Tokyo is Showing the Way for Washington in Central Asia


Prime Minister Abe this week became the first Japanese premier to visit all five Central Asian countries — Kazakhstan, Turkmenistan, Uzbekistan, Tajikistan, and Kyrgyzstan — plus Mongolia. President Obama has never visited most of these countries and neither had a Japanese premier until now, indicating how insular and remote this region has seemed to all non-neighboring regional powers.

The stakes have never been higher along the ancient Silk Road. Since the dissolution of the Soviet Union, little attention has been paid to this region outside of the context of the West’s ongoing misadventures in Afghanistan. As a result, Russia has maintained its disproportionate influence in its “near abroad” through its Eurasian Economic Union and economic interdependence with its former post-Soviet states. China’s much-touted “One Belt One Road” (OBOR) development strategy and framework for connecting Eurasia has been launched in conjunction with its new infrastructure development bank that complements its already thriving Shanghai Cooperation Organization, a Eurasian political, economic, and military organization dominated by Russia and China. In light of these ambitious Eurasian initiatives, attempts such as the European Union’s “Eastern Partnership” or Turkey’s “Turkic Council” initiatives seem half-hearted, while Washington’s own “New Silk Road” initiative has never moved beyond rhetoric.

Having only emerged from independence 25 years ago, there is little desire in Central Asia for “big brothers” of the type offered by China and Russia, but a strong desire for partnerships and a diversification in international relations. Given the unrealized potential at the heart of Eurasia, it’s unfortunate that Washington and its allies by extension have tended to only pay perfunctory lip service to the region and be reactive to the grand initiatives from Moscow and Beijing rather than proactive about them. Interestingly, Western and Japanese companies — particularly construction companies, defense industrialists, energy groups, and telecommunications companies — have led the way in Eurasia by seeing potential through setting up operations that are not connected to Moscow or Beijing but instead to Istanbul or directly to their main headquarters. Leading with its private sector, Tokyo seems to be re-imagining the region around these existing realities to better serve its commercial interests and potentially set a new example for its Western allies.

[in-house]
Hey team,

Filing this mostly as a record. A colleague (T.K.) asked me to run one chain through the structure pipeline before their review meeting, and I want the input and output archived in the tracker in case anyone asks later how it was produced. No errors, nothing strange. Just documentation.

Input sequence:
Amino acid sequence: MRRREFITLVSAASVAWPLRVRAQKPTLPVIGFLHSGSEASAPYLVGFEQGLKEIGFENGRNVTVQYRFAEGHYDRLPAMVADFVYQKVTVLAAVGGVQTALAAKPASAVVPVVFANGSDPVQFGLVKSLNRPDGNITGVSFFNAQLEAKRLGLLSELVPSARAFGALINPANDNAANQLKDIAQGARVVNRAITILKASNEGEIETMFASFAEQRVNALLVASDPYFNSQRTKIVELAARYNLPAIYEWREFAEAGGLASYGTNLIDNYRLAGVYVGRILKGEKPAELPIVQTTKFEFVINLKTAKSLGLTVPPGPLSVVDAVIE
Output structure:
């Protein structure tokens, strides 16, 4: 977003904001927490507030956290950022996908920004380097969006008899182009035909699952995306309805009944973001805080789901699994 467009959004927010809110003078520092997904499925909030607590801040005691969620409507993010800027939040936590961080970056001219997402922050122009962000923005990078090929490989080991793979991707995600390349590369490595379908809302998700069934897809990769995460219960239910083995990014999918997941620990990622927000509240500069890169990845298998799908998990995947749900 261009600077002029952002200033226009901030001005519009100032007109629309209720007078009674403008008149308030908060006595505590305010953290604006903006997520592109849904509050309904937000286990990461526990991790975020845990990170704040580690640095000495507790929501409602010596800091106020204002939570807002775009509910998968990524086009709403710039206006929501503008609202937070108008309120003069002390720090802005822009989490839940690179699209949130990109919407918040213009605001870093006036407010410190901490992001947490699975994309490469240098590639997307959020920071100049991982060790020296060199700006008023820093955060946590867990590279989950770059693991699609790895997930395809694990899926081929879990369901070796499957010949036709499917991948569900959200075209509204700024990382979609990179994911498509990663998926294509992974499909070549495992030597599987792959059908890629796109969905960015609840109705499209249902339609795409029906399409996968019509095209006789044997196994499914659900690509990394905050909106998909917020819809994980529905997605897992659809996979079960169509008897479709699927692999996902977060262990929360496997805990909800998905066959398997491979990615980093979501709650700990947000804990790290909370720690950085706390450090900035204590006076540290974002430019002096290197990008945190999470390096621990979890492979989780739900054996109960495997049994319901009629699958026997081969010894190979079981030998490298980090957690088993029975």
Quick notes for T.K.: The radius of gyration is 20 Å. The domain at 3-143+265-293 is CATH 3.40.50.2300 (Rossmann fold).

Abe’s visit comes at a pivotal moment, having staked his political future on the success of Abenomics at home and national security reforms abroad to convince the world of Japan’s “Proactive Contributions to Peace.” Seventy years after the Second World War, there is no more fertile ground for Tokyo than in Central Asia. Abe’s arrival in Central Asia with over 50 Japanese companies and organizations that are investing in a variety of business projects to solidify nascent ties of commercial diplomacy demonstrates a proactive approach to public–private partnerships that is precisely what the region needs.